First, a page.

Early in my career, I likened an interview process to a police interrogation. I memorized the perfect responses to potential questions. I kept waiting for them to pull out a light, shine it in my eyes, and hook me up to a lie detector. I always felt as if the potential employer held all the cards, and I'd be "lucky" to land a job. I focused on what I thought they needed and devoted zero thought to what I needed.
Maybe it's because I was a single mother for so long and totally dependant upon my paycheck. Or maybe it's because of the era (1980s and early- to mid-1990s), or even because I was in a field dominated by women who were nurturers conditioned to never raise a question, offer a solution, or do anything other than what the boss said to do.
During my 30+ year career (okay, 35+ years), I've had TWO bosses tell me to "shut up and type". One even told me he hadn't hired me to think - just to type and deliver. Wow. Seriously? I know some of you reading this can't comprehend NOT walking out immediately, but those were different times. About 20 years ago, I was in an interview process with several senior assistants at a Fortune 100 company that I really wanted to work for. The CEO's EA came in with a sour attitude from the start. As she asked me questions, I attempted to find commonality with her, asking questions about why she liked it there, and where she had come from, smiling and trying to show her I was friendly and wanted to partner with her. She ignored the first question I asked, and when I asked the second question, she said "Let me explain something to you. I ask the questions, and you answer them." I was so shocked that I continued with her, but when the HR lead came in after that interview, I told her I didn't think it was the environment for me and didn't want to waste their time or mine. That was a HUGE breakthrough for me.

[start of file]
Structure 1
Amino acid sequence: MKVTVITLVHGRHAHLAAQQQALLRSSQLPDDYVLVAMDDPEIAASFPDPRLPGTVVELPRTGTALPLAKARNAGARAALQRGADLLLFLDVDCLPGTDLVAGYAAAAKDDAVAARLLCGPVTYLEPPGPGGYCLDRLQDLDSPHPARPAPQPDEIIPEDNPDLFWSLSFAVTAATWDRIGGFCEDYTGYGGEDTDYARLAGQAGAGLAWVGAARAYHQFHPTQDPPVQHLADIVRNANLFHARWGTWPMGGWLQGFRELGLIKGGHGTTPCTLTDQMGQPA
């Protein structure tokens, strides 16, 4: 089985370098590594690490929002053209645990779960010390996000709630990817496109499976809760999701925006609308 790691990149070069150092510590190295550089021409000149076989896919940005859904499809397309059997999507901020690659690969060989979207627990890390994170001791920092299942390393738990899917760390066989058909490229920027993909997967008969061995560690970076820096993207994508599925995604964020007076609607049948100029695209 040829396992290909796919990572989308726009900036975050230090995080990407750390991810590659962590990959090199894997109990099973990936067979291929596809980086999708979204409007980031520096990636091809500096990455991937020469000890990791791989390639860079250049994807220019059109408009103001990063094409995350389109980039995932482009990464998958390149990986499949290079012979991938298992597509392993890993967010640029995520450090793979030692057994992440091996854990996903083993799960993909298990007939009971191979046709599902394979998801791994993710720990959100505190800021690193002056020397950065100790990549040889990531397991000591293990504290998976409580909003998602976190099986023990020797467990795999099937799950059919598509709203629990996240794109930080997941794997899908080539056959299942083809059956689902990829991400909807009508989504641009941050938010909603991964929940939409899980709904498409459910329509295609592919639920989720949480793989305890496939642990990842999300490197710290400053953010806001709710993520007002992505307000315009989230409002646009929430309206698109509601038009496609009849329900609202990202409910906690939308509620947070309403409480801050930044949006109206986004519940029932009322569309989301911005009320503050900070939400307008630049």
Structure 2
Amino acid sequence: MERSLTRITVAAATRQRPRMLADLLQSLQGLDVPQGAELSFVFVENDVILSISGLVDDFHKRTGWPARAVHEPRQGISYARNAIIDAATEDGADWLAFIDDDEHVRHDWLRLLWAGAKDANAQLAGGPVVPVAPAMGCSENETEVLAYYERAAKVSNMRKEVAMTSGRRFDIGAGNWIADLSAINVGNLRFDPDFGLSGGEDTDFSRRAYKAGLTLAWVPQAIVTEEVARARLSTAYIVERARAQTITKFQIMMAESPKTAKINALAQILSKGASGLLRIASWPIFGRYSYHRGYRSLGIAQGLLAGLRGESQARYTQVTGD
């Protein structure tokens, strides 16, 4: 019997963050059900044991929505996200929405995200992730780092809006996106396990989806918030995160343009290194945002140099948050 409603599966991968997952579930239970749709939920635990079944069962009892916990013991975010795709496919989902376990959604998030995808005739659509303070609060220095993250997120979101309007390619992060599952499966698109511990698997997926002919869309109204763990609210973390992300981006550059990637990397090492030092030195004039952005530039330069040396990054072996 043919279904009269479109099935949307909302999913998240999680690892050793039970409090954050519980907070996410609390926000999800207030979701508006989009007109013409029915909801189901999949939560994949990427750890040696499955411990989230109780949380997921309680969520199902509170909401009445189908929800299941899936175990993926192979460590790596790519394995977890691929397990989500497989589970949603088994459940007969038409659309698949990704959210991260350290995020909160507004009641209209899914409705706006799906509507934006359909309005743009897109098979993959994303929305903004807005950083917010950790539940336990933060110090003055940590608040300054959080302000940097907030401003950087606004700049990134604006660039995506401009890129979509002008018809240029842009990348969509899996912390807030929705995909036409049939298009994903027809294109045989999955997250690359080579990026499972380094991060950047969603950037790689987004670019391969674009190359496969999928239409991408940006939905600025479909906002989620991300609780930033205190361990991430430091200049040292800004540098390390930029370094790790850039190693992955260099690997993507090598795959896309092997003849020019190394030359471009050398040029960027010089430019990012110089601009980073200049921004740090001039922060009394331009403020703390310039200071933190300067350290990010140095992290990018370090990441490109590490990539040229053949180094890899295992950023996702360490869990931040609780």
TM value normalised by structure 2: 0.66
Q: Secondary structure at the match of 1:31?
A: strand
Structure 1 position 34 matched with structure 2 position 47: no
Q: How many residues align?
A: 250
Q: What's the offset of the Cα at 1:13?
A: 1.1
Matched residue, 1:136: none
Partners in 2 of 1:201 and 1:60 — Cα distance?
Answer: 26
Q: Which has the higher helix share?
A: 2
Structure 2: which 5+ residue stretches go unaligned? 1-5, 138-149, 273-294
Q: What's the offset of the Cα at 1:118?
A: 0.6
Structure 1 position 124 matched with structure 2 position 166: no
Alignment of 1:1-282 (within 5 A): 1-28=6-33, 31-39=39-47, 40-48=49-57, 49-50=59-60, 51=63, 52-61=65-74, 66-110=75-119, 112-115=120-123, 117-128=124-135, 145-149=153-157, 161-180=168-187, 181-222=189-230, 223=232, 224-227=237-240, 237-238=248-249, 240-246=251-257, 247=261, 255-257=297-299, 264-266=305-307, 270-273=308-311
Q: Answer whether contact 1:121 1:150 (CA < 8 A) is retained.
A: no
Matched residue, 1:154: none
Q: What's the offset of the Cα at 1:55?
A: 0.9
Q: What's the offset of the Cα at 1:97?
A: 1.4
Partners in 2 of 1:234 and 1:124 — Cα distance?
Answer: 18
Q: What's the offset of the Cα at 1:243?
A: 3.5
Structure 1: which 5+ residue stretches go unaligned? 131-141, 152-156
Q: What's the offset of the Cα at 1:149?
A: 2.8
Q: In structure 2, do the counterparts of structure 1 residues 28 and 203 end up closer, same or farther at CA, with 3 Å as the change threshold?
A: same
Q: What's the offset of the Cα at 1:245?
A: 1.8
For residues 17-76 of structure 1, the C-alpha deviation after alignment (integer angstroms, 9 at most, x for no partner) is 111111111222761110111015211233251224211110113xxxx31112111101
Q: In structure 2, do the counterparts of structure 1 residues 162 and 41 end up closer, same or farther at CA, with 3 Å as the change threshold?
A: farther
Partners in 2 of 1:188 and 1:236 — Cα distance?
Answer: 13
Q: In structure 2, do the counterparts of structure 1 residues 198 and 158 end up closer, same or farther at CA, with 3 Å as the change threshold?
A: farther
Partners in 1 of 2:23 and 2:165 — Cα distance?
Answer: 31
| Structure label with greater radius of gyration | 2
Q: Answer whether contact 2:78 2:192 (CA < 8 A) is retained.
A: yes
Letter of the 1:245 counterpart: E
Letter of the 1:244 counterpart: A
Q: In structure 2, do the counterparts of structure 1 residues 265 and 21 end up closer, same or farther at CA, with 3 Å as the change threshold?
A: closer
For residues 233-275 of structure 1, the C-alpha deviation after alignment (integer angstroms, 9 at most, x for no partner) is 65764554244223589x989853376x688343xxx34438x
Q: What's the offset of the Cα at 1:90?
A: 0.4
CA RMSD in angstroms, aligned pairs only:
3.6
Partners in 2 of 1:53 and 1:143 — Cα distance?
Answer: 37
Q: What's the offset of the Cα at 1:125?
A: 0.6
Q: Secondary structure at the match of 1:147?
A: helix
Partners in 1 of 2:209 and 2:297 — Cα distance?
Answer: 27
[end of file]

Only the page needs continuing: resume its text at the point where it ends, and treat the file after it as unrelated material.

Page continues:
It took me a long time to understand that an interview process is a two-way street, but ever since I fully embraced it, I've actually enjoyed interviewing. I love it! And I love coaching candidates on interviewing skills. It's a mindset based in reality - if you're unhappy working in a particular environment, your productivity and quality standards will eventually begin to slip. I don't know whether that's worse or equal to this truth - negative and toxic work environments will eat away at you as a human being. NO job or paycheck is worth that.
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